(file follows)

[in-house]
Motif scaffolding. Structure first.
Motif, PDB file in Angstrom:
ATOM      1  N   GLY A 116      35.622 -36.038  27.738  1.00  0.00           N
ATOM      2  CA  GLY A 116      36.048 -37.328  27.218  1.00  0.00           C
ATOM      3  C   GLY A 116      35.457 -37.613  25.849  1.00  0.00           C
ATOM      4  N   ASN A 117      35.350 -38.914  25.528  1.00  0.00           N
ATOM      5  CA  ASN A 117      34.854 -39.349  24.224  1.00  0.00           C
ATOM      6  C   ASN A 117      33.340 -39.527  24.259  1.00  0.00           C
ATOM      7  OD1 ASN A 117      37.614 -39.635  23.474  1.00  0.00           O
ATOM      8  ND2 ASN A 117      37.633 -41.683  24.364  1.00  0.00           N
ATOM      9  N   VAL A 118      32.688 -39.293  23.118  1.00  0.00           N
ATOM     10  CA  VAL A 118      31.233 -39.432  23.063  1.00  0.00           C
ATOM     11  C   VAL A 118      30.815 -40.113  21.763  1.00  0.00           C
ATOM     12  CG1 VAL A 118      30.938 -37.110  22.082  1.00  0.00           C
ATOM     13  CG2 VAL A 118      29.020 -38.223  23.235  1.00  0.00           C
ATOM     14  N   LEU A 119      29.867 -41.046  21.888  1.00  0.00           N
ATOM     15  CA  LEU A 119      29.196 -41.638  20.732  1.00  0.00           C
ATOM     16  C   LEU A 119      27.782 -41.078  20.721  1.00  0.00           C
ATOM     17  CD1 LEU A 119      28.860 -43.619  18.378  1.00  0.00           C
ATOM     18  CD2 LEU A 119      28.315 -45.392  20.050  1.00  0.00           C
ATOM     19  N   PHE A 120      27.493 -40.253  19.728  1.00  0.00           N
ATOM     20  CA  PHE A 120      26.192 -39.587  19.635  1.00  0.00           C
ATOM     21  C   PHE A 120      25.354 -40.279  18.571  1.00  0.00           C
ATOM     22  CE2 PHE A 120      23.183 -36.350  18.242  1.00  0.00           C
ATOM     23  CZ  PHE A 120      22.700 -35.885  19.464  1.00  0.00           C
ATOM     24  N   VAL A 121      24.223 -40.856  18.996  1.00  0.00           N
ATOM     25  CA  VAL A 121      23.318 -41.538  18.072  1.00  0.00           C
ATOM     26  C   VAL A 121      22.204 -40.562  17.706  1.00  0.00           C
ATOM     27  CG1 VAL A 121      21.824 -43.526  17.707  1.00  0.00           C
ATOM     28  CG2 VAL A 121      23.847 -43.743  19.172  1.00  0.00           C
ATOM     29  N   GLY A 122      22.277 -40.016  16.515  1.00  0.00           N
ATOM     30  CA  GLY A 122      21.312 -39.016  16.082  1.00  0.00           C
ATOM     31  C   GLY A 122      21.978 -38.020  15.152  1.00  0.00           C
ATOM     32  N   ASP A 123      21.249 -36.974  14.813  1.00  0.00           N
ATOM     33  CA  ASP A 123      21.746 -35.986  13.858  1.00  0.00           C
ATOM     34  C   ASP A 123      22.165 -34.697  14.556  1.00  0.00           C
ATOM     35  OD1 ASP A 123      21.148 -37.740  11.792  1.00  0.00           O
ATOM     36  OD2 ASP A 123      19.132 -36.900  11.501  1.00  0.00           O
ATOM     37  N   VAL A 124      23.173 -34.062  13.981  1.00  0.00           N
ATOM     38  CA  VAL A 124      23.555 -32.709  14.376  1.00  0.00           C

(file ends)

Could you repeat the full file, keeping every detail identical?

[in-house]
Motif scaffolding. Structure first.
Motif, PDB file in Angstrom:
ATOM      1  N   GLY A 116      35.622 -36.038  27.738  1.00  0.00           N
ATOM      2  CA  GLY A 116      36.048 -37.328  27.218  1.00  0.00           C
ATOM      3  C   GLY A 116      35.457 -37.613  25.849  1.00  0.00           C
ATOM      4  N   ASN A 117      35.350 -38.914  25.528  1.00  0.00           N
ATOM      5  CA  ASN A 117      34.854 -39.349  24.224  1.00  0.00           C
ATOM      6  C   ASN A 117      33.340 -39.527  24.259  1.00  0.00           C
ATOM      7  OD1 ASN A 117      37.614 -39.635  23.474  1.00  0.00           O
ATOM      8  ND2 ASN A 117      37.633 -41.683  24.364  1.00  0.00           N
ATOM      9  N   VAL A 118      32.688 -39.293  23.118  1.00  0.00           N
ATOM     10  CA  VAL A 118      31.233 -39.432  23.063  1.00  0.00           C
ATOM     11  C   VAL A 118      30.815 -40.113  21.763  1.00  0.00           C
ATOM     12  CG1 VAL A 118      30.938 -37.110  22.082  1.00  0.00           C
ATOM     13  CG2 VAL A 118      29.020 -38.223  23.235  1.00  0.00           C
ATOM     14  N   LEU A 119      29.867 -41.046  21.888  1.00  0.00           N
ATOM     15  CA  LEU A 119      29.196 -41.638  20.732  1.00  0.00           C
ATOM     16  C   LEU A 119      27.782 -41.078  20.721  1.00  0.00           C
ATOM     17  CD1 LEU A 119      28.860 -43.619  18.378  1.00  0.00           C
ATOM     18  CD2 LEU A 119      28.315 -45.392  20.050  1.00  0.00           C
ATOM     19  N   PHE A 120      27.493 -40.253  19.728  1.00  0.00           N
ATOM     20  CA  PHE A 120      26.192 -39.587  19.635  1.00  0.00           C
ATOM     21  C   PHE A 120      25.354 -40.279  18.571  1.00  0.00           C
ATOM     22  CE2 PHE A 120      23.183 -36.350  18.242  1.00  0.00           C
ATOM     23  CZ  PHE A 120      22.700 -35.885  19.464  1.00  0.00           C
ATOM     24  N   VAL A 121      24.223 -40.856  18.996  1.00  0.00           N
ATOM     25  CA  VAL A 121      23.318 -41.538  18.072  1.00  0.00           C
ATOM     26  C   VAL A 121      22.204 -40.562  17.706  1.00  0.00           C
ATOM     27  CG1 VAL A 121      21.824 -43.526  17.707  1.00  0.00           C
ATOM     28  CG2 VAL A 121      23.847 -43.743  19.172  1.00  0.00           C
ATOM     29  N   GLY A 122      22.277 -40.016  16.515  1.00  0.00           N
ATOM     30  CA  GLY A 122      21.312 -39.016  16.082  1.00  0.00           C
ATOM     31  C   GLY A 122      21.978 -38.020  15.152  1.00  0.00           C
ATOM     32  N   ASP A 123      21.249 -36.974  14.813  1.00  0.00           N
ATOM     33  CA  ASP A 123      21.746 -35.986  13.858  1.00  0.00           C
ATOM     34  C   ASP A 123      22.165 -34.697  14.556  1.00  0.00           C
ATOM     35  OD1 ASP A 123      21.148 -37.740  11.792  1.00  0.00           O
ATOM     36  OD2 ASP A 123      19.132 -36.900  11.501  1.00  0.00           O
ATOM     37  N   VAL A 124      23.173 -34.062  13.981  1.00  0.00           N
ATOM     38  CA  VAL A 124      23.555 -32.709  14.376  1.00  0.00           C